By JAN LARSON McLAUGHLIN BG Independent News   Reagan Otley, 12, and a friend were bicycling down Conneaut Avenue recently when a driver laid on the car horn and scolded the girls. “I hear a horn behind us. As they drive by, they rolled down the window and yelled, ‘Don’t take up the road with your bike,’” Reagan said. Not one to be unjustly lectured, Reagan yelled back. After all, she and her friend were following the rules. They were on Conneaut Avenue, where signs are posted saying bikes can use the full lane, and where sharrows are painted on the road pavement. “Bikes may use the full lane,” she shouted at the driver. As Bowling Green is encouraging residents to bicycle in town, some of the younger cyclists are finding that some motorists aren’t very receptive to sharing the road. “This isn’t the first time that people have honked at us for being in the road,” said Reagan, who knows the rules of the road for bicyclists. She serves as the middle school representative on the city’s Bicycle Safety Commission. And her mom is Kristin Otley, director of the city’s parks and recreation department, who has been trained through the Yay Bikes program. “I get mad when people honk or yell at me for doing what I’m supposed to be doing,” Reagan said. In Ohio, bicyclists are allowed to use the entire lane for travel. Motorists are supposed to give bicyclists three feet of space when passing. The Yay Bikes program, which is being used to educate bicyclists in Bowling Green, suggests that cyclists don’t ride along the road’s edge where debris lies, but rather a couple feet into the lane – about where the passenger side tire of a vehicle runs. “They want you to own a lane,” Kristin Otley said. Cars are supposed to pass bicyclists as if they are another motor vehicle – even if there is a double yellow line, Otley said. Yay Bikes focuses on educating bicyclists on proper road etiquette, like using hand signals and complying with traffic signs for motor vehicles. However, it appears that local motorists may also need to brush up on the rules for sharing the road, Otley said. Motorists may prefer bicyclists to ride on sidewalks, but that isn’t advisable except for very young children, Otley said. “Every driveway becomes another potential intersection,” she said. And while cyclists…

BG peddling monthly ‘slow roll’ bike rides in city

By JAN LARSON McLAUGHLIN BG Independent News   The city of Bowling Green is planning monthly bike rides to encourage residents to leave behind their four-wheel transportation for the two-wheeled option. The first “slow roll” bike ride will be held Sunday, June 24, starting at 2 p.m. It will begin and end at the Girl Scout Building located in City Park. “We want to get residents to feel more comfortable riding their bikes – especially families,” said Amanda Gamby, the city’s sustainability coordinator. The goal is to make biking second nature for local citizens. “Let’s say you want to get ice cream,” Gamby said. “Instead of piling into a car for the one-mile trip, they can hop on their bikes.” To make the monthly free rides more appealing, the city is giving each one a theme. This first ride titled, Just Chillin’, will include a stop at the Black Swamp Preserve for a brief presentation from naturalist Cinda Stutzman on how animals stay cool in the heat, and an additional stop for ice cream, provided by the Sundae Station. All participants will also receive a free day pass to the City Pool after completion of the ride. “We want to entice people who may be on the fence,” about riding bikes in town, Gamby said. “Each month will have a different theme. We’re excited about it.” The route for this ride covers five miles, with the longest distance between stops being 1.5 miles. It is recommended that young riders, not able to travel these distances on their own, participate via a tow behind trailer or child bike seat. These rides are meant to be more recreational in nature and will travel at a speed comfortable for all riders. In addition to the goal of being enjoyable, the monthly rides will also stress the importance of safe riding practices and responsibilities of riders while navigating city streets. Multiple trained leaders will model safe biking behavior, such as proper hand signaling and lane positioning. Gamby is hoping the rides make residents more comfortable on city streets, and make bicyclists aware of the routes that may work best for them. “We want people to know they can safely bike in Bowling Green and have fun,” she said. Additional monthly rides are planned for July through October and will take place on the last Sunday of each month at 2 p.m. Future rides will…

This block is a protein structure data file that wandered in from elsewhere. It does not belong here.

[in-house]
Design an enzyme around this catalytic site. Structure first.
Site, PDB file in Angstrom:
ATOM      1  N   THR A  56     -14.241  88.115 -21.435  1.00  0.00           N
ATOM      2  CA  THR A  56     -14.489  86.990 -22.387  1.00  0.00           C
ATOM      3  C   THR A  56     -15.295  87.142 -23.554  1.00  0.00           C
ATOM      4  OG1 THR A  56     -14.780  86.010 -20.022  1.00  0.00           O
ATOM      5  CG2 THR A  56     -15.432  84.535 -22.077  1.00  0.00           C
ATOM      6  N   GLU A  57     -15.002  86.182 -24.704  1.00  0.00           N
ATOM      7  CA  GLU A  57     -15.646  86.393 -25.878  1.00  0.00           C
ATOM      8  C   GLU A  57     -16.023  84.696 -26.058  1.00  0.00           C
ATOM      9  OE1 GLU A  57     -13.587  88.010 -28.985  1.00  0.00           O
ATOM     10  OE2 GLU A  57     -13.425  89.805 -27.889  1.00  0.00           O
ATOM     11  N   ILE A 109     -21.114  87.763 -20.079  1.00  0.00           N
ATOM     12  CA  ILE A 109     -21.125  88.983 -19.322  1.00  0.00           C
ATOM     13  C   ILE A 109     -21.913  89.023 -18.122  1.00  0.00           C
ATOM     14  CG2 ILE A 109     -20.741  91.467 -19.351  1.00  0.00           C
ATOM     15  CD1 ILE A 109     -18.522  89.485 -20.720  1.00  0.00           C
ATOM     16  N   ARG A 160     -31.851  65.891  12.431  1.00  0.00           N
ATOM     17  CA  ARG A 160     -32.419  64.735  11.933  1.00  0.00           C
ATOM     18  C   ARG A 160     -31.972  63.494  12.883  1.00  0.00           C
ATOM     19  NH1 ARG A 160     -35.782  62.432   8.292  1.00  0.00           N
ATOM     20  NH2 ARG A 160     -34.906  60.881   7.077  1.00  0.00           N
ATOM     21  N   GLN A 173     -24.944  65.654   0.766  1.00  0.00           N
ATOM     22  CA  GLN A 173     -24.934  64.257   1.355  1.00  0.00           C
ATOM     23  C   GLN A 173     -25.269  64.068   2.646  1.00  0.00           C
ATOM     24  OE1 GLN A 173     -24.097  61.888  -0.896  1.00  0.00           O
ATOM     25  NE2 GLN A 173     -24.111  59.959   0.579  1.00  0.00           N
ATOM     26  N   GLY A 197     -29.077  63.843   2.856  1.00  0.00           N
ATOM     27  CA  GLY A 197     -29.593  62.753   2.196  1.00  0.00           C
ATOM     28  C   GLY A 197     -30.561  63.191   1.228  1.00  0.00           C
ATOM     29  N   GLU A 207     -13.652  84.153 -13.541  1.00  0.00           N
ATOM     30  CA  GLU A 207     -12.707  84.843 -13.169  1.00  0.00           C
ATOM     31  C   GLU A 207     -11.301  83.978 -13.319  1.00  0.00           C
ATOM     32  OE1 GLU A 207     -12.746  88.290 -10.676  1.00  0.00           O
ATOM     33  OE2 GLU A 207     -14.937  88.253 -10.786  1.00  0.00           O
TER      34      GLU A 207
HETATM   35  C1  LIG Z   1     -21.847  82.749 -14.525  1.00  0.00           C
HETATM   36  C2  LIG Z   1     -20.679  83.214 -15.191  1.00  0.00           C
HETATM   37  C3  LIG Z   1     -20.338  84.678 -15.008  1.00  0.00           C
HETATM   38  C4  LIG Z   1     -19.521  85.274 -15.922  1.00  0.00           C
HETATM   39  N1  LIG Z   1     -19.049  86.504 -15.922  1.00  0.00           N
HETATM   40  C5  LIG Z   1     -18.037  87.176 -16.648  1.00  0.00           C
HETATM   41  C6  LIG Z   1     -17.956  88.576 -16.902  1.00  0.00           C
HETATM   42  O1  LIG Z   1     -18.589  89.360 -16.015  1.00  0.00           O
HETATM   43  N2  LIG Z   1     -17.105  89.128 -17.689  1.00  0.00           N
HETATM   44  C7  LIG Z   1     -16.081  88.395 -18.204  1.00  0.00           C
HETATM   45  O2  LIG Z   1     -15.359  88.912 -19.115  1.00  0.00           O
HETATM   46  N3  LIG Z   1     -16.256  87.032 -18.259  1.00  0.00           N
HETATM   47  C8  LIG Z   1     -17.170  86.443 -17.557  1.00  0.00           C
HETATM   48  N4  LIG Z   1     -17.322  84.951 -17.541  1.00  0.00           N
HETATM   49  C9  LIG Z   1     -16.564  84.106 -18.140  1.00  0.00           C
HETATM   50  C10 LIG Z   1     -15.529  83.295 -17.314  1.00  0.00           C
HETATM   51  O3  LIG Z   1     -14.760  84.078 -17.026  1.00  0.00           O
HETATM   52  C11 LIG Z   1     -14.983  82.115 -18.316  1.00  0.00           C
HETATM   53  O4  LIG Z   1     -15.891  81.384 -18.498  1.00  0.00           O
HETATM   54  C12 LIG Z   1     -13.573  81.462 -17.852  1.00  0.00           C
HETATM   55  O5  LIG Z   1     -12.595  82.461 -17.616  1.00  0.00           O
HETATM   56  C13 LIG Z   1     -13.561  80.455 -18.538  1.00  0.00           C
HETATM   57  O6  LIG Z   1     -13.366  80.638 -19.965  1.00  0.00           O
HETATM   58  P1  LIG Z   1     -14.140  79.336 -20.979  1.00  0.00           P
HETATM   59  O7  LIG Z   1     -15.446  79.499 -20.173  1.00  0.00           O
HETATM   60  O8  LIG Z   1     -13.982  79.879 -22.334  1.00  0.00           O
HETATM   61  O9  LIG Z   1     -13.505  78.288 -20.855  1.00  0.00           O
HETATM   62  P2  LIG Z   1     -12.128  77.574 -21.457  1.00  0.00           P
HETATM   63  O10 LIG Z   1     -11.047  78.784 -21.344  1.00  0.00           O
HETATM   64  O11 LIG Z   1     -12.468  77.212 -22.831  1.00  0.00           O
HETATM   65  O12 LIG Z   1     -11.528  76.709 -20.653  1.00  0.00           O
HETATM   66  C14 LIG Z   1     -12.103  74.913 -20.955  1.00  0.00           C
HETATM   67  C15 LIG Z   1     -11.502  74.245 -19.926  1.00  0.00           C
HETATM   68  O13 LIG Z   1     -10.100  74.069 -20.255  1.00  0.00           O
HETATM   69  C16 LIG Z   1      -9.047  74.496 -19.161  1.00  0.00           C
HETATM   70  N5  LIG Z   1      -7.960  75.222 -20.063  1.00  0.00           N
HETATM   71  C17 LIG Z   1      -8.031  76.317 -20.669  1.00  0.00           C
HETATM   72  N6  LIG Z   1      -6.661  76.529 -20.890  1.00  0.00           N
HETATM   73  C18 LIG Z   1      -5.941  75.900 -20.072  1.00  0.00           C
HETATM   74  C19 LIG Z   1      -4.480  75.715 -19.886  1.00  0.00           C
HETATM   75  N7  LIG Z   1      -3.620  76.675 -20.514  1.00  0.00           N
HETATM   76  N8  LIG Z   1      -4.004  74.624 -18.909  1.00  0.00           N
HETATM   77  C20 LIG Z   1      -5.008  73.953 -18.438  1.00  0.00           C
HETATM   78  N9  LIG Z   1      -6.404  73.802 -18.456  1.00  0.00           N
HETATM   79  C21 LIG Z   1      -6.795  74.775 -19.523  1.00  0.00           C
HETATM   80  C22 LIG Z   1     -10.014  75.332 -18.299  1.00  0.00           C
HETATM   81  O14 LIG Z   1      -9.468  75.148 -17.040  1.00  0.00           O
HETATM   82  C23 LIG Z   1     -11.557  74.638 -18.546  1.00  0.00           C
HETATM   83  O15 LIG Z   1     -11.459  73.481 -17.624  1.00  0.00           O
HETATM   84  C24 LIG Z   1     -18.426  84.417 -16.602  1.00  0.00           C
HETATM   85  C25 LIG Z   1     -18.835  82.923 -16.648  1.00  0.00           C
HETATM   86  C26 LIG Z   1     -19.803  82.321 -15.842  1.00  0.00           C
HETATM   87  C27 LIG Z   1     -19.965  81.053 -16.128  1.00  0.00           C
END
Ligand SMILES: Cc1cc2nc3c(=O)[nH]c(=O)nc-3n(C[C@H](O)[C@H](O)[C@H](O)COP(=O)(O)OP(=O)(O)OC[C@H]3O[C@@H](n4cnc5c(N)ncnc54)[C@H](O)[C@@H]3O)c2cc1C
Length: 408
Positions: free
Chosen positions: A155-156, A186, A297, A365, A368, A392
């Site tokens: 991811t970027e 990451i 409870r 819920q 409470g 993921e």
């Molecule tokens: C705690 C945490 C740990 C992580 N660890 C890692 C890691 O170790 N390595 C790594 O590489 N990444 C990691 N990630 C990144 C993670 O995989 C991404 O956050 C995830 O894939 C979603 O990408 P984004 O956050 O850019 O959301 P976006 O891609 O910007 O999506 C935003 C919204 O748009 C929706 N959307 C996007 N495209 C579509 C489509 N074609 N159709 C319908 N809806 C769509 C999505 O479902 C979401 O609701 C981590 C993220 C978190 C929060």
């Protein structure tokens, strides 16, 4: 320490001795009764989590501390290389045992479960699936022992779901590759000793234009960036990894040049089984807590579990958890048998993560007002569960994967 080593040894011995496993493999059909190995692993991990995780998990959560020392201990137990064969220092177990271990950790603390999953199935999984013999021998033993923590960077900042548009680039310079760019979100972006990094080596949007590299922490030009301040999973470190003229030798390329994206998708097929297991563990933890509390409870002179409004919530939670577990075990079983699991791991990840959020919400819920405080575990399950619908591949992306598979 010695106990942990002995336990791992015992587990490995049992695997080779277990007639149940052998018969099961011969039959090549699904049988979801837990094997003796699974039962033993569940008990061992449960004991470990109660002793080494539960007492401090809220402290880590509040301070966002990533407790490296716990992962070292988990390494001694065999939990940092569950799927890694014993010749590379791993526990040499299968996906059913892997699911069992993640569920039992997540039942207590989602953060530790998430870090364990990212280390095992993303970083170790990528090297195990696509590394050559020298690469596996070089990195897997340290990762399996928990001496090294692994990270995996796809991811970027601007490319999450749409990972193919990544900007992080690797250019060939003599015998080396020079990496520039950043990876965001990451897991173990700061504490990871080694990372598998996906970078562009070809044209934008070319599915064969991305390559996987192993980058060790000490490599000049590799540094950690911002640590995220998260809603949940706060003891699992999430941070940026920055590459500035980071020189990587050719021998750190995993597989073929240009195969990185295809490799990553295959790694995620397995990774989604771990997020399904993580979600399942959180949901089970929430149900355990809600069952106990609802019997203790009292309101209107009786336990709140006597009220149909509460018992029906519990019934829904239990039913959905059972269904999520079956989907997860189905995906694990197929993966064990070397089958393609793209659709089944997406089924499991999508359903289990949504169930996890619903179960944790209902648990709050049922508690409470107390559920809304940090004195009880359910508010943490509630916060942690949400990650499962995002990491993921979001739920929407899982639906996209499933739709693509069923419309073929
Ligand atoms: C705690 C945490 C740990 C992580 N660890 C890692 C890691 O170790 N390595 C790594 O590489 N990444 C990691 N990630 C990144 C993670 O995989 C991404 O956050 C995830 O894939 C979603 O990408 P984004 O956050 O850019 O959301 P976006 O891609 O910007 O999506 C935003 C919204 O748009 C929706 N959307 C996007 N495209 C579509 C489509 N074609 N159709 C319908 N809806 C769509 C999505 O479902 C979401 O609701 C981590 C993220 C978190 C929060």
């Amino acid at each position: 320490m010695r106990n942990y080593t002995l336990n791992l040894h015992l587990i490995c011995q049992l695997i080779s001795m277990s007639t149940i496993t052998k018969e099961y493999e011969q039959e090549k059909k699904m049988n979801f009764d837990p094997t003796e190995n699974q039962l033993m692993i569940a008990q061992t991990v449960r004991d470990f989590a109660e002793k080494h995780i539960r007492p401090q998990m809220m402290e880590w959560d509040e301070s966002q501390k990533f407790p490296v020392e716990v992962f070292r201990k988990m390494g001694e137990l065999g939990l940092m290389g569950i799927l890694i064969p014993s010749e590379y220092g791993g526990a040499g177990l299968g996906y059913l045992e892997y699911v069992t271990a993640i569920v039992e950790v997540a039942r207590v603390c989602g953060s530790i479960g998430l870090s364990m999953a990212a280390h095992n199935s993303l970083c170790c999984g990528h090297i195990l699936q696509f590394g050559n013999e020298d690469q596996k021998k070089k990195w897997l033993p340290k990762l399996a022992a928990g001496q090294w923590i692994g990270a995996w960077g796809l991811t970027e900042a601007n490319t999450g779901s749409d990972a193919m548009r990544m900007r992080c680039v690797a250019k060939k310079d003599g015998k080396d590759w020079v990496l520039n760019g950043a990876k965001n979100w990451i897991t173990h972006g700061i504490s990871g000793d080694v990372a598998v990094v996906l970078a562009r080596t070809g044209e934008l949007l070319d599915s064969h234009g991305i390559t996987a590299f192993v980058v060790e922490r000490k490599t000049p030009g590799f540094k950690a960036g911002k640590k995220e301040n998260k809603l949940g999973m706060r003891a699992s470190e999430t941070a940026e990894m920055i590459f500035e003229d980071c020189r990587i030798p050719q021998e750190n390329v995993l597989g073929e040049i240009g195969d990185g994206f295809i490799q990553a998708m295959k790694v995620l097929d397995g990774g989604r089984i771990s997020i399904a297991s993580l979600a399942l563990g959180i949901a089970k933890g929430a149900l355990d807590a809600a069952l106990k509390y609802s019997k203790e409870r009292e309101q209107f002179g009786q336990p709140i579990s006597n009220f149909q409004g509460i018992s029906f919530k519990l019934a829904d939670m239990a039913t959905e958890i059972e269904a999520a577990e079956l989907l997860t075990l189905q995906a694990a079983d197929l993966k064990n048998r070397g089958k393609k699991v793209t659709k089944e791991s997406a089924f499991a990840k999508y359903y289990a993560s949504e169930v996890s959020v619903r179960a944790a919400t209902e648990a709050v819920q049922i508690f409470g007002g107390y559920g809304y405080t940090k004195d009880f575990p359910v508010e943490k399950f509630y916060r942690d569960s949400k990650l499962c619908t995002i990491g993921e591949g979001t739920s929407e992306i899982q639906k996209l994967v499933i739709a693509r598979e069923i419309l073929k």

Crossing Gypsy Lane to get to Slippery Elm Trail is a hazard

I want to talk today about the crossing of the Slippery Elm Trail at Gypsy Lane Road.  I have been riding the Trail since at least 2009, and in that time I have noticed a significant wait time sometimes at that crossing.  I have also noticed many families, some with small children, on a family outing waiting to be able to cross. This situation concerns me.  We need either a stop sign or a traffic light there. It would be a catastrophe if we waited until a cyclist was hit or killed. With more and more motorists not paying enough attention to cyclists on the roads we need to make the Slippery Elm Trail a safe place for cyclists, both young and old.   Lori Terwilliger Bowling Green

Rick Busselle: Cooperation between drivers & bikes in BG is “mostly illusion”

I appreciate the public efforts of Bowling Green drivers and bicyclists to cooperate.  But from my perspective it’s mostly illusion.  I ride my bicycle several days a week.  Most days at least one person passes within six or eight inches of my handlebar.  Not infrequently someone passes while ignoring oncoming traffic, leaving me plenty of room, but forcing an oncoming car to yield their own lane by slowing abruptly, veering to the far right, or, in one case, driving into a yard.  Admittedly, most drivers accommodate a bike in their lane.  But many don’t.  I estimate about 20-percent.  This morning a driver veered left of center to pass me and ran an oncoming car into the curb.  When we both stopped, I said to the driver, “I appreciate your giving me the space, but you have to watch for the oncoming cars too.”  Clearly this was my mistake as their response was “the old familiar suggestion.” My observation is that when bicyclists, citizens and elected officials speak publicly, everyone is very pleasant and supportive.  Just like when bicycles ride in organized groups with signs and tee shirts, drivers politely honk and wave.  But when no one is watching there is a significant group of drivers who have little regard for anyone but themselves. I apologize to the person I spoke to this morning.  From now on, I’ll keep my thought to myself, even when my thought is “the old familiar suggestion.” Rick Busselle Bowling Green